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Europe Hit by Widespread Strikes


A protester holds a poster during a trade union demonstration against budget cuts, in Berlin, 29 Sept. 2010

A protester holds a poster during a trade union demonstration against budget cuts, in Berlin, 29 Sept. 2010

Strikes took place across Europe Wednesday in protest against government austerity measures. Unions say over 20 million jobs have been lost across Europe since the economic downturn began.

Workers from across Europe took to the streets of Brussels on Wednesday in protest against European austerity measures. Police say most of the protesters marched on the headquarters of the European Union.

Union leaders hoped up to 100,000 people from 30 different countries would join the protest.

One of the demonstrators, Evelain Foncis, says people on low salaries shouldn't have to prop up the country - that should be the banks' responsibility.

Millions of people in Europe have lost their jobs since the global financial downturn and European governments are reigning in public spending in a bid to combat major deficits.

Allen Drazen of the University of Maryland Center for International Economics comments on the strike:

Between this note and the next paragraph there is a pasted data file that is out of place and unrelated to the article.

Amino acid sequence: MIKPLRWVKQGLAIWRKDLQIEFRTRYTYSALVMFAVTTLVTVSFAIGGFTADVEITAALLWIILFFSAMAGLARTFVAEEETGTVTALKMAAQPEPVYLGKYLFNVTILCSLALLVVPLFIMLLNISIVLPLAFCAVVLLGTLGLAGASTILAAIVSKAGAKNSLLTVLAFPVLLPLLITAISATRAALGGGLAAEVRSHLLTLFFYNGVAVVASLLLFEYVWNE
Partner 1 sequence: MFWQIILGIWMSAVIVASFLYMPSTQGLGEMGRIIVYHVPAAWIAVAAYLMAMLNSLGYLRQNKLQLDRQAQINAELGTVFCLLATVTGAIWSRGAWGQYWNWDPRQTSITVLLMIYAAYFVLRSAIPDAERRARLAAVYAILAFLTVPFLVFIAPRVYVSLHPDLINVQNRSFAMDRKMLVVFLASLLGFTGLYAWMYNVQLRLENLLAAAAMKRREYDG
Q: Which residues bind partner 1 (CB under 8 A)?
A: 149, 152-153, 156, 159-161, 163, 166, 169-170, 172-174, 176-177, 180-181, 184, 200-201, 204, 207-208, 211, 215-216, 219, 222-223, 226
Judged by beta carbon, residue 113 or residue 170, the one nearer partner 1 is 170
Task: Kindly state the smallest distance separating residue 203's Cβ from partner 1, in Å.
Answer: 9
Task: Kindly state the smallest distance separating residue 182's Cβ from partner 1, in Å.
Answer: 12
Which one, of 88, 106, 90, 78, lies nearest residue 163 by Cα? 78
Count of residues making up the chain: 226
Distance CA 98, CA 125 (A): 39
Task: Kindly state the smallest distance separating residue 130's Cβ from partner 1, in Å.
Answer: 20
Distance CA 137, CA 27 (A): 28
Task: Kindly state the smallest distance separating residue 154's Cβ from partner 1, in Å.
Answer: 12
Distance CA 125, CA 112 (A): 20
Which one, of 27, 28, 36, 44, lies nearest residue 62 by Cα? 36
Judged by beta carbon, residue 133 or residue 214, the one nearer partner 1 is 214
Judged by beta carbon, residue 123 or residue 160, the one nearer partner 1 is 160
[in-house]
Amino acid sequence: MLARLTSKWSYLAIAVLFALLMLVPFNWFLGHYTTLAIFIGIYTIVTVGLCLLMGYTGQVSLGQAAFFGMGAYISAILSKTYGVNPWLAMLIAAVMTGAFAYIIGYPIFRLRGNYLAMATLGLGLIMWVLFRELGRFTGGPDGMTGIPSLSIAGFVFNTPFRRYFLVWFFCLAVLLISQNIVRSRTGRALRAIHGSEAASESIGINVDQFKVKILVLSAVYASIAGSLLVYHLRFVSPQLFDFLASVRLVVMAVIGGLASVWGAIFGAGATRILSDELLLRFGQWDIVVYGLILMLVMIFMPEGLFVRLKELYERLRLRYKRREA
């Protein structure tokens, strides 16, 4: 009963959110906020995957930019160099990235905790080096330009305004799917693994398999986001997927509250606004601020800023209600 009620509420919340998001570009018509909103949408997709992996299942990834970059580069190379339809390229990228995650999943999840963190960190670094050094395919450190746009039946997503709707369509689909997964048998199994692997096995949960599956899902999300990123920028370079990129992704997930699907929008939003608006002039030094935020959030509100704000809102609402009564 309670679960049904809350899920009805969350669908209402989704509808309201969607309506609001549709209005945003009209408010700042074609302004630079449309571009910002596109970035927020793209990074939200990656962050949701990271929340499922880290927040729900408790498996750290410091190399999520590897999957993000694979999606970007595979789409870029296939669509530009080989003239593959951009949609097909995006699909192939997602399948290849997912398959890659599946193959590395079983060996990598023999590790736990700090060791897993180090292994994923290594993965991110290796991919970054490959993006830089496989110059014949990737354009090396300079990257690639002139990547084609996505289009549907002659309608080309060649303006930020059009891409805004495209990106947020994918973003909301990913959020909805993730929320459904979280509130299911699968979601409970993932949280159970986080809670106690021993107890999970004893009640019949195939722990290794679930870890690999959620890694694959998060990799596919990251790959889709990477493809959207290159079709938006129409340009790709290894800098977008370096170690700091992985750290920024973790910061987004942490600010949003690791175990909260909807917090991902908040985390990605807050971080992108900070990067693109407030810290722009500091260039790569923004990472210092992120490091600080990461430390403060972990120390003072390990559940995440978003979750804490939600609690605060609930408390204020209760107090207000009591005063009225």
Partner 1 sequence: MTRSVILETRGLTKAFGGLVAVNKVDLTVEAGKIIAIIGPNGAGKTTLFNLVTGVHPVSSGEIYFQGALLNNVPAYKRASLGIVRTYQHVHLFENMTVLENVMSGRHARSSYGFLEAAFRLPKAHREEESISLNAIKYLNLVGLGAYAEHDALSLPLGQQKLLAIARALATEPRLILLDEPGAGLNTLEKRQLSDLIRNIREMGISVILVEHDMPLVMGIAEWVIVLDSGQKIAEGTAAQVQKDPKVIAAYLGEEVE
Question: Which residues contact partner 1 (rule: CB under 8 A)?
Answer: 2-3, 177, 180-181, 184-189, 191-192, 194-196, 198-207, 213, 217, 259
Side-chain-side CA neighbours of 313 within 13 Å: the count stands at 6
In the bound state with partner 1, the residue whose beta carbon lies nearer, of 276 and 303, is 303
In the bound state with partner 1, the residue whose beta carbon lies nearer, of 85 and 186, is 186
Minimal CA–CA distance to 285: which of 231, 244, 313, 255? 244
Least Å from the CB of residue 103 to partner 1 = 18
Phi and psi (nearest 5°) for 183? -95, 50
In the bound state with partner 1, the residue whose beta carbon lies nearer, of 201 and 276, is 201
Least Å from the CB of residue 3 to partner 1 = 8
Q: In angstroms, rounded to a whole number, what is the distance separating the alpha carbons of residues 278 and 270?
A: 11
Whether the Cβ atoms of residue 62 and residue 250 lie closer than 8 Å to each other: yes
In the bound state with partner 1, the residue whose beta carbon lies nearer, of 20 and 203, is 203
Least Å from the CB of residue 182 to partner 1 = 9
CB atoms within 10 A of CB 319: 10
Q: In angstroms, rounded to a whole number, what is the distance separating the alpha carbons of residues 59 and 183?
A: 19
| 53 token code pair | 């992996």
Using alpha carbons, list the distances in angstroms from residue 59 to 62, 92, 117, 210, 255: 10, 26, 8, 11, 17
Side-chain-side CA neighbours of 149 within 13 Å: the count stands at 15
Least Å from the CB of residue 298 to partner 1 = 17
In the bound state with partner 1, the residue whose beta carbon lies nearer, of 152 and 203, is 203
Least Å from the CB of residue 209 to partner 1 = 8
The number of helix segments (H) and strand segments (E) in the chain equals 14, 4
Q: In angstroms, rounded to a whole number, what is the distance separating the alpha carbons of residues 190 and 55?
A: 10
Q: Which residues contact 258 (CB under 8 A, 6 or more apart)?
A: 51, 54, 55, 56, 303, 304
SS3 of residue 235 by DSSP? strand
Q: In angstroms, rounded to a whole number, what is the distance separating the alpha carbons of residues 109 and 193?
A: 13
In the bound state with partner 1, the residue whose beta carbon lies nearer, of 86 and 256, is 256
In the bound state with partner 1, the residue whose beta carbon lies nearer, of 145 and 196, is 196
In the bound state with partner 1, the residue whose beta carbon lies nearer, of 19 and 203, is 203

Even as workers protested in Brussels on Wednesday, the European Union Commission proposed sanctions against EU countries that fail to bring down their national deficits.

Belgium wasn't the only European country hit by protests Wednesday.

In Spain, unions, representing hundreds of thousands of workers, launched the country's first general strike in eight years.

Some strikers reportedly scuffled with police and bags of garbage were left uncollected on the streets; protesters stopped trucks from delivering basic groceries and airlines were forced to cancel some flights.

The strikes were called in protest against a number of austerity measures including wage cuts for civil servants and a labor market reform that would have made it cheaper for companies to fire workers.

Director of the General Workers' Union in Spain Robert Tormamira said in the past three years two million jobs have been destroyed.

Elsewhere in Europe, Greek transport workers and hospital doctors walked off the job.

General Secretary of the Greek General Confederation of Labor Vangelis Bouzoulas said the people of Europe are protesting against high prices and increased unemployment. He said they are asking for better times and more work.

The Greek government has implemented strict austerity measures that have led to a series of strikes and protests. European countries handed Greece more than $100 billion in rescue loans earlier this year in order to save its economy.

Protests also took place Wednesday in a number of other European countries, including Poland, Portugal, Ireland, and Italy.

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